An Introduction to Charitable Pledges
“An Introduction to Charitable Pledges,” that’s the subject of today’s ACTEC Trust and Estate Talk.
This is Susan Snyder, ACTEC Fellow from Chicago. To educate us today on charitable pledges, you will be hearing from ACTEC Fellows Reynolds Cafferata and Bill Finestone, both of Los Angeles. Welcome, Bill and Reynolds.
Thank you. The first question would be, is the pledge enforceable? This is a matter of state law. In order to be enforceable, it generally must have consideration or detrimental reliance or public policy. The consideration need not be of equal value. For example, the charity may promise to name a building after the donor because of the pledge–that is sufficient consideration. Detrimental reliance involves the charities or other donors’ reasonable and substantial reliance on the pledge, which the pledgor should have expected so that the pledge must be enforced, at least to the extent necessary to avoid injustice. For example, a donor may encourage a charity to contract with an architect to do some building plans and promise to pay the architect’s fee. If the charity does contract with the architect and incurs a legal obligation, now the donor’s pledge is binding and enforceable, even though the donor didn’t receive anything in return. Another example would be a donor’s matching gifts. A donor may promise to pay $100,000 to a charity if the charity can raise an additional $100,000. The charity communicates this matching pledge and donors are encouraged and rely on the fact that each dollar the donor gives will result in $2 to the charity, and if the charity does raise $100,000, now, the donor’s pledge is enforceable. A few states enforce pledges without consideration or detrimental reliance as a matter of public policy.
For example, I believe Alabama, Indiana and New Jersey do so. And, in Pennsylvania a pledge is enforceable if the pledge states that the pledgor intends to be bound by the promise. A binding pledge is a pledgor’s debt and the charity’s asset non-binding pledge simply is an expression of current intent. An oral pledge may be enforceable, but they are difficult to prove and in the precise terms are very difficult to establish as well. In addition to those factors, the charity must be sure that the person making the pledge has the legal authority to do so. If you are receiving a pledge from an entity such as a corporation, partnership or LLC, you probably should review the internal governing instruments of that entity to make sure that the person who is pledging — signing on behalf of the entity — has the authority to do so, and that the entity has the authority to make the pledge. Similarly, with respect to trusts, you should review the trust to be sure that the person signing is the trustee and the trustee has the authority to make the pledge. Agents may have authority to execute pledges if authorized under state law. For example, an agent under a durable power of attorney or a guardian or a conservator. If it’s a community property state that’s involved, then both spouses probably should sign because in some states such as California, neither spouse can give community property without the written consent of the other spouse. This is true even with respect to the donor’s one half interest in the community property, so both spouses should sign. Assuming we have or do not have an enforceable pledge, which would we prefer? Reynolds?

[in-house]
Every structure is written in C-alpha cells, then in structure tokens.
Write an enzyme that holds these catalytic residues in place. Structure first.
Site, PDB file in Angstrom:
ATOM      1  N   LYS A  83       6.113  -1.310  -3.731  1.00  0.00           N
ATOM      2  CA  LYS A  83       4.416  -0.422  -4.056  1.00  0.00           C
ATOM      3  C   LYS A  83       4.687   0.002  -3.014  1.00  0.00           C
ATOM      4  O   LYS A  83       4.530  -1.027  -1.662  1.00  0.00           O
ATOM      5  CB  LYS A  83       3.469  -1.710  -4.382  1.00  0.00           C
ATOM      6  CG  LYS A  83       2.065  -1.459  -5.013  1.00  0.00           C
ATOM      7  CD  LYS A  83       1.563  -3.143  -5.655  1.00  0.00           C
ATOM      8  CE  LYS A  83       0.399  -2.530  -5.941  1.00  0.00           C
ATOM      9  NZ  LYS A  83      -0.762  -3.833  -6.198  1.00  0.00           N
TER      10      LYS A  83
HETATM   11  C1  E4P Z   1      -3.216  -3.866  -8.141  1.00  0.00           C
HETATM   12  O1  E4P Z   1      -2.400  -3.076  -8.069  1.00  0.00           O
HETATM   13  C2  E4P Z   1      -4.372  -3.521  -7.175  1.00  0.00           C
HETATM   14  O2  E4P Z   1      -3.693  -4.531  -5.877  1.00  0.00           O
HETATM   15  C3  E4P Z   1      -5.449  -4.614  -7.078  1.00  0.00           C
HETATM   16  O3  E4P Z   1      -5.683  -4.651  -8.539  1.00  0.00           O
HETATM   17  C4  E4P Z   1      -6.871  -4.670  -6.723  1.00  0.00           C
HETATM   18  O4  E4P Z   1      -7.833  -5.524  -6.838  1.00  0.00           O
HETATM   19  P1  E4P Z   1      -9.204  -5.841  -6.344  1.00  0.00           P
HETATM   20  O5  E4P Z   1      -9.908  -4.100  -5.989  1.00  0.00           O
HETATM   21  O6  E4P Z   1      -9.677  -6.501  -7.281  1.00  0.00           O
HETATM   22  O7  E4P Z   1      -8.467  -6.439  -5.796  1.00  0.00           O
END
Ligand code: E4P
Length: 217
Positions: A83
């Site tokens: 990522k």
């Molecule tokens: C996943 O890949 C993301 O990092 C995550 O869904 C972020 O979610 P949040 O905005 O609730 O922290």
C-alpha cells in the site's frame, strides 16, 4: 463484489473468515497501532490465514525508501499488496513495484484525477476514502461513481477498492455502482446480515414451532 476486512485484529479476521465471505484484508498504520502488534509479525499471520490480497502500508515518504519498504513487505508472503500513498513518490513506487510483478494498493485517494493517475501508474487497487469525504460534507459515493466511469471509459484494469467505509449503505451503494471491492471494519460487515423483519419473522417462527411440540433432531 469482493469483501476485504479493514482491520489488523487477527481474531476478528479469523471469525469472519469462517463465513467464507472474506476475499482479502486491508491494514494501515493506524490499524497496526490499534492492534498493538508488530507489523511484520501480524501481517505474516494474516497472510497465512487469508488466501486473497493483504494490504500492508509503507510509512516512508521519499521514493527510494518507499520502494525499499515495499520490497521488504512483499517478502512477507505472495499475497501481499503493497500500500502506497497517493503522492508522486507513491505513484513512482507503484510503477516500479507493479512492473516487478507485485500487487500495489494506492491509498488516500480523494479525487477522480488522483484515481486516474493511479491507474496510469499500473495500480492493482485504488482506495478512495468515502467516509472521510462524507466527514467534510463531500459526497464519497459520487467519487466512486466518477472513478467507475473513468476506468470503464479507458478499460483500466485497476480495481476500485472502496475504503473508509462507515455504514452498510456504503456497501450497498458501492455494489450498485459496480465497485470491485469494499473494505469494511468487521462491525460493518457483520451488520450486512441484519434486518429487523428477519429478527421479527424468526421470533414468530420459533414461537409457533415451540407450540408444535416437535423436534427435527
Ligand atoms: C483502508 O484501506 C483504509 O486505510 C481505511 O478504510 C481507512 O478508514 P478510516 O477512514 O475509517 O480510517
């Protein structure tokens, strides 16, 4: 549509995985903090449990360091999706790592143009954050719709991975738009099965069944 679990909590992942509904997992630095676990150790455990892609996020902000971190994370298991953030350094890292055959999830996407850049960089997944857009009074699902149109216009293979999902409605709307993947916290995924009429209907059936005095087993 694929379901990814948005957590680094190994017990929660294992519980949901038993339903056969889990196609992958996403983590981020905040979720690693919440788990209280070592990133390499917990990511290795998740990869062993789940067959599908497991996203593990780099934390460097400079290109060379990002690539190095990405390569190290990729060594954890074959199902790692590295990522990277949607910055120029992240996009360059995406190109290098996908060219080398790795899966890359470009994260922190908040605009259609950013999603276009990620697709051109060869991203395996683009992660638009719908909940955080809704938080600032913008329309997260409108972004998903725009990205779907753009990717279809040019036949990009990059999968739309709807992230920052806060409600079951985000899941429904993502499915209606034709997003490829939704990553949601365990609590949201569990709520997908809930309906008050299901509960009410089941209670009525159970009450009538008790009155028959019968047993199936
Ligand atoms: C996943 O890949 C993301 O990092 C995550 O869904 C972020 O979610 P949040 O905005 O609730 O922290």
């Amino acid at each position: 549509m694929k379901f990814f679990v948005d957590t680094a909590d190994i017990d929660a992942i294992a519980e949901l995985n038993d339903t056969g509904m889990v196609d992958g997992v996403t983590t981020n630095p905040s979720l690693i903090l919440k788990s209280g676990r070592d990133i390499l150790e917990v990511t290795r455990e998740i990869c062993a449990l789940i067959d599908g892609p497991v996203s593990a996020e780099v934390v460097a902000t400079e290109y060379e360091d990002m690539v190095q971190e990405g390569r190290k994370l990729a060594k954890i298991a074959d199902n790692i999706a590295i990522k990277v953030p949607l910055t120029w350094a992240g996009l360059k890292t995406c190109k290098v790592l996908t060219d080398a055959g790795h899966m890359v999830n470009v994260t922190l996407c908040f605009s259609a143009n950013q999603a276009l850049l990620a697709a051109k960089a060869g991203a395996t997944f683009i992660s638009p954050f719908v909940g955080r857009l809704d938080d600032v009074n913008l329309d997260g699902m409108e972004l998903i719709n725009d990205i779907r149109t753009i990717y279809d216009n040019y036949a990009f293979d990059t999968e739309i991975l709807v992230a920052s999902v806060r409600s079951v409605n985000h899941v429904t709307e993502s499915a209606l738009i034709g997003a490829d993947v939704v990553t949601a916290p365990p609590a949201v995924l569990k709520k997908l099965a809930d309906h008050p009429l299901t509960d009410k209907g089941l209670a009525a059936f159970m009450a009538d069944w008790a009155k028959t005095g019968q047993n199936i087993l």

Enforceable or Not Enforceable Pledges
So, let’s look at whether or not to make the pledge enforceable and start with the donor’s perspective. The main reason that a donor would make a pledge enforceable is if the charity is providing something in return for that pledge. That usually is a naming opportunity, recognition at a particular level of giving within the organization or naming on a building or a room within a building or something like that. Oftentimes, unless the charity is assured that they will receive the gift, they are not willing to put the donor’s name up. Another reason somebody might make a pledge enforceable is it, in theory, could simplify their estate planning, that if the pledge is in fact enforceable, then the charity can collect that money at the donor’s passing, even if the donor didn’t change their will or trust. This really isn’t the best way to make a testamentary gift because it’s much more complicated for the charity to pursue the gift that way, but in theory that is a benefit of having the enforceable pledge. Other than that, having the pledge be enforceable does not give the donor any current tax benefits. Any tax benefits associated with the gift are going to occur when the payment is actually made. So why might a donor not want to make a pledge enforceable? Well, first of all, if the pledge is enforceable and you don’t pay, the charity could sue you. And, you might be forced to pay and maybe you have good reasons for not wanting to pay at that point. Either you have become dissatisfied with the organization or you have had a significant change in your financial circumstances.